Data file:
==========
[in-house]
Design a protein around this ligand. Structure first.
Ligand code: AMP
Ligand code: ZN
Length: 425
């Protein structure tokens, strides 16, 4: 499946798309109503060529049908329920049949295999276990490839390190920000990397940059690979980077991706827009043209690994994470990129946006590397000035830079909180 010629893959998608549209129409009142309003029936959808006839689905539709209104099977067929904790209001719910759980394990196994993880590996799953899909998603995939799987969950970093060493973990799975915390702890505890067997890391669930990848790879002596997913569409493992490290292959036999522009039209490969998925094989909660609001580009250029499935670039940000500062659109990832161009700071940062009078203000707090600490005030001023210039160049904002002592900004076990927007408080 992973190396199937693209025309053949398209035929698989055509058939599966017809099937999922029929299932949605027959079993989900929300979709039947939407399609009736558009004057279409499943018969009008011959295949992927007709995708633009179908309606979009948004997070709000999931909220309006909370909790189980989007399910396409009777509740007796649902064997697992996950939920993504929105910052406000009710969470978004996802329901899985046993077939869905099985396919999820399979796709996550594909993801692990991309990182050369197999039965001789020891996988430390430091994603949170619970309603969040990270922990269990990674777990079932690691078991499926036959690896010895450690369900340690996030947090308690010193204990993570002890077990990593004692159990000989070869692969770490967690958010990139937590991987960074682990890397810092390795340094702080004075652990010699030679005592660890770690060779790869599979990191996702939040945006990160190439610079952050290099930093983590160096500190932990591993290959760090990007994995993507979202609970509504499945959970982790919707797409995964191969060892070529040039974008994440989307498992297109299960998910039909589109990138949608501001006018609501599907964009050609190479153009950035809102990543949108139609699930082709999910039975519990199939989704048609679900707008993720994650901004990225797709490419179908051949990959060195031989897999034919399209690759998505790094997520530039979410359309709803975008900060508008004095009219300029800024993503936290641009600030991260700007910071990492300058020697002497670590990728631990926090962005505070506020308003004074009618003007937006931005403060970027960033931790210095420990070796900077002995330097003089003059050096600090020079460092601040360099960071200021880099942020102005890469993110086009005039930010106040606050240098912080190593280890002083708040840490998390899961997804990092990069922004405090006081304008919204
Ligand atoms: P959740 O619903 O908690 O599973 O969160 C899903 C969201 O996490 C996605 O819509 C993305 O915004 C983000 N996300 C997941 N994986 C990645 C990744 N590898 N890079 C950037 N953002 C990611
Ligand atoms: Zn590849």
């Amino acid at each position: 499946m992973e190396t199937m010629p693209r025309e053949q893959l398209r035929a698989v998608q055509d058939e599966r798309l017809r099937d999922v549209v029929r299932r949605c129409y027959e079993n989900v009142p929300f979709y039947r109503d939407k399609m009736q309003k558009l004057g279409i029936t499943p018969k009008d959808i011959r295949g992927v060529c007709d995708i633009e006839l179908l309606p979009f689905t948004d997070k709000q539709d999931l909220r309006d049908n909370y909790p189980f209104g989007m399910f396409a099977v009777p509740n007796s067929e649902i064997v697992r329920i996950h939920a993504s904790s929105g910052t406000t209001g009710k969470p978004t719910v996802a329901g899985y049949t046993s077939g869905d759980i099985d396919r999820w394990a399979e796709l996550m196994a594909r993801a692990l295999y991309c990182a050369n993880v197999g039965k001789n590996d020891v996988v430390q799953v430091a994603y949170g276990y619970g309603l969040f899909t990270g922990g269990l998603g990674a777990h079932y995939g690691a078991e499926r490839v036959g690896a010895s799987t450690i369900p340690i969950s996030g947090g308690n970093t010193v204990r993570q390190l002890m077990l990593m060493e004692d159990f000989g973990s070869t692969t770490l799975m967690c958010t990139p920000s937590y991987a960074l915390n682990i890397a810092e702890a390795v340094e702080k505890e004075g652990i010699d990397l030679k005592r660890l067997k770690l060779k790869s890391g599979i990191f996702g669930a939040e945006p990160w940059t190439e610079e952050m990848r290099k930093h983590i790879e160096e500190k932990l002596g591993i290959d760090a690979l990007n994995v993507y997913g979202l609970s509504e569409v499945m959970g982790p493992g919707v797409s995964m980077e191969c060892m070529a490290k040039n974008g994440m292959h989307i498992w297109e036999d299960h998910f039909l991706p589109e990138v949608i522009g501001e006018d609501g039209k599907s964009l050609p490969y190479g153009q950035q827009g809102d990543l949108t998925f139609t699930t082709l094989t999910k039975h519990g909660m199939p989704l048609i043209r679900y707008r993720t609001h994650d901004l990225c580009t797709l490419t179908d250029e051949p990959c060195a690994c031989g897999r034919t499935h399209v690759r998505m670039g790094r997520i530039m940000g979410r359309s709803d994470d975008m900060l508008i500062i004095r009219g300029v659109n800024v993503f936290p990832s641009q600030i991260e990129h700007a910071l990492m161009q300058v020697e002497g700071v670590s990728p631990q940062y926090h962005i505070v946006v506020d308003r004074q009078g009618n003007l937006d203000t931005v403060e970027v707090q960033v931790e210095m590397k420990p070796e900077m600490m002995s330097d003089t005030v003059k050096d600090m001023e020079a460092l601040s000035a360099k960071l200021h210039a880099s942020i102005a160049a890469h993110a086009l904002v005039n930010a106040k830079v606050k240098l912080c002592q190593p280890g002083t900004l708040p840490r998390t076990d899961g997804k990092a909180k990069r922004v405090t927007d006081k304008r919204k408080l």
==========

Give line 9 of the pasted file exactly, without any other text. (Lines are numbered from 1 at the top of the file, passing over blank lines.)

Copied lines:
């Amino acid at each position: 499946m992973e190396t199937m010629p693209r025309e053949q893959l398209r035929a698989v998608q055509d058939e599966r798309l017809r099937d999922v549209v029929r299932r949605c129409y027959e079993n989900v009142p929300f979709y039947r109503d939407k399609m009736q309003k558009l004057g279409i029936t499943p018969k009008d959808i011959r295949g992927v060529c007709d995708i633009e006839l179908l309606p979009f689905t948004d997070k709000q539709d999931l909220r309006d049908n909370y909790p189980f209104g989007m399910f396409a099977v009777p509740n007796s067929e649902i064997v697992r329920i996950h939920a993504s904790s929105g910052t406000t209001g009710k969470p978004t719910v996802a329901g899985y049949t046993s077939g869905d759980i099985d396919r999820w394990a399979e796709l996550m196994a594909r993801a692990l295999y991309c990182a050369n993880v197999g039965k001789n590996d020891v996988v430390q799953v430091a994603y949170g276990y619970g309603l969040f899909t990270g922990g269990l998603g990674a777990h079932y995939g690691a078991e499926r490839v036959g690896a010895s799987t450690i369900p340690i969950s996030g947090g308690n970093t010193v204990r993570q390190l002890m077990l990593m060493e004692d159990f000989g973990s070869t692969t770490l799975m967690c958010t990139p920000s937590y991987a960074l915390n682990i890397a810092e702890a390795v340094e702080k505890e004075g652990i010699d990397l030679k005592r660890l067997k770690l060779k790869s890391g599979i990191f996702g669930a939040e945006p990160w940059t190439e610079e952050m990848r290099k930093h983590i790879e160096e500190k932990l002596g591993i290959d760090a690979l990007n994995v993507y997913g979202l609970s509504e569409v499945m959970g982790p493992g919707v797409s995964m980077e191969c060892m070529a490290k040039n974008g994440m292959h989307i498992w297109e036999d299960h998910f039909l991706p589109e990138v949608i522009g501001e006018d609501g039209k599907s964009l050609p490969y190479g153009q950035q827009g809102d990543l949108t998925f139609t699930t082709l094989t999910k039975h519990g909660m199939p989704l048609i043209r679900y707008r993720t609001h994650d901004l990225c580009t797709l490419t179908d250029e051949p990959c060195a690994c031989g897999r034919t499935h399209v690759r998505m670039g790094r997520i530039m940000g979410r359309s709803d994470d975008m900060l508008i500062i004095r009219g300029v659109n800024v993503f936290p990832s641009q600030i991260e990129h700007a910071l990492m161009q300058v020697e002497g700071v670590s990728p631990q940062y926090h962005i505070v946006v506020d308003r004074q009078g009618n003007l937006d203000t931005v403060e970027v707090q960033v931790e210095m590397k420990p070796e900077m600490m002995s330097d003089t005030v003059k050096d600090m001023e020079a460092l601040s000035a360099k960071l200021h210039a880099s942020i102005a160049a890469h993110a086009l904002v005039n930010a106040k830079v606050k240098l912080c002592q190593p280890g002083t900004l708040p840490r998390t076990d899961g997804k990092a909180k990069r922004v405090t927007d006081k304008r919204k408080l």